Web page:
Now just as a complete side-note, the Romans had the goddess Hestia or Vesta. She’s a very interesting goddess. She’s a virgin goddess. She doesn’t have family, but she is in charge of all family relationships. And her symbol is the fire on the hearth and it symbolizes life and she is guarding that life. And she’s also the patron goddess of civilization. She’s the mother of Rome. And so her role is to connect all family relationships into a family unity and a local unity and a community and a civilization. So her work is all about weaving things together. And I think that that’s a nice symbolic representation of the role of women.She continues:
In our scriptures, although we often talk about this scripture in terms of the temple . . ., this is Doctrine and Covenants 88 verse 119. . . It says: “Organize yourselves; prepare every needful thing; and establish a house…” I don’t think it’s talking about a physical house or even the temple. I think it’s talking about a generation of life. It’s talking about a house in the same way that the Lord promised Jeroboam or David a house. It says: “…establish a house, even a house of prayer, a house of fasting, a house of faith, a house of learning, a house of glory, a house of order…” It’s a house of God. And that’s what I think women have stewardship, to establish that house. They have a particular, gender-based role to establish that house. And men have a corresponding gender-based role to establish that house or that generation of life.I've started at least one blog post exploring men's duties as organizers of church/es and women as organizers of home and family. I didn't get to develop it very far and never posted it, but perhaps there is some truth to it. Women, by biology and duty and connection to children organize the home and pass on traditions. Yes, men do it too, but I'm not sure that bond to children, home, and family is as strong. Maybe I've mentioned it before, but one time I found a list of who organized churches throughout time in the world, and nearly all the examples were men. I think that list (wherever it was) showed only one or two women as ever organizing churches.
So our Sunday School classes get a bit away from doctrine sometimes (ok, often), and on Sunday we were talking about how some scholars believe that Heavenly Father's wife's name was Asherah. However, as it goes, her nature of true Goddess got perverted and she became the female counterpart to the false-god Baal. The teacher mentioned something about her being associated with wisdom, though. And that's about all I know about that, but it would be interesting to research.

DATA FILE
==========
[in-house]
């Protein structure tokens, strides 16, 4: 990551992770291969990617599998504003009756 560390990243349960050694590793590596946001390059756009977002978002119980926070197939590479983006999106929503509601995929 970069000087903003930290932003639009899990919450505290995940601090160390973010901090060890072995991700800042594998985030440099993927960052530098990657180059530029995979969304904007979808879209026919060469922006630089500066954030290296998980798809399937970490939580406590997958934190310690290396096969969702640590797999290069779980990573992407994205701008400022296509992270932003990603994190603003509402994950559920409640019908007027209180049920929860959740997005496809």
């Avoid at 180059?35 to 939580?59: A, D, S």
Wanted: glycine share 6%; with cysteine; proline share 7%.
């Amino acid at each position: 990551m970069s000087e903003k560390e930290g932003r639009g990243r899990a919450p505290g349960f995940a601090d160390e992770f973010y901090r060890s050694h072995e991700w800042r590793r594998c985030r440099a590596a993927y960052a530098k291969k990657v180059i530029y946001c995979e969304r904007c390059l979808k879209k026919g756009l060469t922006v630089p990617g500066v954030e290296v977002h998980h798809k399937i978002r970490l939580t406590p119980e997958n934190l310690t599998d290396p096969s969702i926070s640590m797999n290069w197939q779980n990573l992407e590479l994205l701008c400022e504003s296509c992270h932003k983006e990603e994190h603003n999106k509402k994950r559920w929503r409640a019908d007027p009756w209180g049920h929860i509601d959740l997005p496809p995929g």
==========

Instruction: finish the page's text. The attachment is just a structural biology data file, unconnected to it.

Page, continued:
I should probably ask my friend Mary if I can share this, but she posted the idea on Facebook, so I give her all the credit for bringing it up. Apparently, Egyptians had a strong belief that women were essential to male progression and power.
"For example- the throne that this king (Osiris) is sitting on is Queen Isis's name or glyph. Meaning he derives his authority to rule as pharo, from her. But it get's better, the glyph of "the throne" with the little square in it, is a reference to the fact that her body creates life or "houses" life, so it's a drawing of a house inside the throne. . . . In the story Osiris (king and "father of all") is killed by the serpent, but Isis (queen and "mother of all living") saves the day by giving birth to his son (the kings son) So that Osiris is king of the underworld, and his son, Horus, is prince in the mortal sphere. Meaning a woman's super power is to create life. It's not a virtue that the western world values, since we measure women on our ability to be as good as a man. . . . So "Ma'at" is the (female) persona of wisdom justice and truth- all that keeps the earth in order. In this picture she accompanies the man into the presence of the Divine—Isis and Osiris. Her presence signifies that he is worthy to enter heaven. That was my question. Is she a symbol of righteousness like an endorsement? Or is she a real role/person? Michael Rhodes says both and pointed to similar rendering of the scene for many coffins, where the dead man was painted holding his wife's hand as though she was "ma'at."What strikes me is that the man is only worthy WITH the woman. I think of abuse cases where the husband is in no way worthy of the wife he abuses. At the gates of Heaven will he be counted among the faithful with the stains of abuse on his heart? My mortal view says no: he needed to live a life in harmony and unison with his wife, not of dominance.
2 And in order to obtain the highest [degree of Glory], a man must enter into this order of the priesthood [meaning the new and everlasting covenant of marriage];
3 And if he does not, he cannot obtain it.
It's also interesting that the idea of wisdom is also associated with ma'at as with Asherah.
Another friend, JT, and I can't find her original post, recently shared that while attending BYU's Education Week that she felt very much taught about Heavenly Mother, although the speakers weren't directly speaking of Her, it was more of a Spiritual thing. I can't wait to hear JT's impressions and what spurred them on when/if she feels to share them.
As Eliza R. Snow said, "truth is reason; truth eternal tells me I've a mother there" and I believe we will come to know her better in time.